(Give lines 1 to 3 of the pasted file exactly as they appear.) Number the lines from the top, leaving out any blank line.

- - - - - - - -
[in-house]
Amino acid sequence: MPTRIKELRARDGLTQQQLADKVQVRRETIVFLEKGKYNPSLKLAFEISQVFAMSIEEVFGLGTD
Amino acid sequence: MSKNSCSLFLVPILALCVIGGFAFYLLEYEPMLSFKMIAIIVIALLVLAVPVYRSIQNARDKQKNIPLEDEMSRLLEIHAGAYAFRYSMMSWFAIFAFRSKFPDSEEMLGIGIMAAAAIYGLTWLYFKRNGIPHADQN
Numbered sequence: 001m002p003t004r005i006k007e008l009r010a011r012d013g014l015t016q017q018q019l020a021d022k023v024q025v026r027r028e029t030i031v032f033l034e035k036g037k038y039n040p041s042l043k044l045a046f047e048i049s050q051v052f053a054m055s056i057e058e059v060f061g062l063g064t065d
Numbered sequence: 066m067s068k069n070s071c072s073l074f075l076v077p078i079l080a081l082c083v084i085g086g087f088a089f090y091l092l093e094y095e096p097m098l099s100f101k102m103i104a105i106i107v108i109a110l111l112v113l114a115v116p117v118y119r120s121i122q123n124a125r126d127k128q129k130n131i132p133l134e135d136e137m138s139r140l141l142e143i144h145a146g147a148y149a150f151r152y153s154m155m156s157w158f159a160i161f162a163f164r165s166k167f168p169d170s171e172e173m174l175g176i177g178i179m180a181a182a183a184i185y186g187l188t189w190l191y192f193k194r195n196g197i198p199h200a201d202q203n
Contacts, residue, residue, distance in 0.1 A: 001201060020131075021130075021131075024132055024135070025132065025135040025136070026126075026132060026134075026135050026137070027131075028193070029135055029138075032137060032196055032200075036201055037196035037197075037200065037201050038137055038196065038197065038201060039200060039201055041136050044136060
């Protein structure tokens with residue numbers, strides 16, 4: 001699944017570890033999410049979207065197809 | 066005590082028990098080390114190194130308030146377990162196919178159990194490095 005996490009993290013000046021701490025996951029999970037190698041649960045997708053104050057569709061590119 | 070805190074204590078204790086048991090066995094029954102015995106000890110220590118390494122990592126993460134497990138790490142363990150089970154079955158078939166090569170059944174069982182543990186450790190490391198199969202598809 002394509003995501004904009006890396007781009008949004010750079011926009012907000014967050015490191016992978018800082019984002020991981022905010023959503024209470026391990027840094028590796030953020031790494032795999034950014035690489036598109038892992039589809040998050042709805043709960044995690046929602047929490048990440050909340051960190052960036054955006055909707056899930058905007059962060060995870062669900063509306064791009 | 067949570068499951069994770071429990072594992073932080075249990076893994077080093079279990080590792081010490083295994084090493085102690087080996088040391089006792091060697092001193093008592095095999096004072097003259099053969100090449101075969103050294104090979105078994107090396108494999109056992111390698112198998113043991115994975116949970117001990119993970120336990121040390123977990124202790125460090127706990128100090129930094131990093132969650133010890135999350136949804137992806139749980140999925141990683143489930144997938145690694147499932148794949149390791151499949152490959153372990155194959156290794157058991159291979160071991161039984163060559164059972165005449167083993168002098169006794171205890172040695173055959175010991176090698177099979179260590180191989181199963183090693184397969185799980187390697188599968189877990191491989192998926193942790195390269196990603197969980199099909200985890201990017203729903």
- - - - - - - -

[in-house]
Amino acid sequence: MPTRIKELRARDGLTQQQLADKVQVRRETIVFLEKGKYNPSLKLAFEISQVFAMSIEEVFGLGTD
Amino acid sequence: MSKNSCSLFLVPILALCVIGGFAFYLLEYEPMLSFKMIAIIVIALLVLAVPVYRSIQNARDKQKNIPLEDEMSRLLEIHAGAYAFRYSMMSWFAIFAFRSKFPDSEEMLGIGIMAAAAIYGLTWLYFKRNGIPHADQN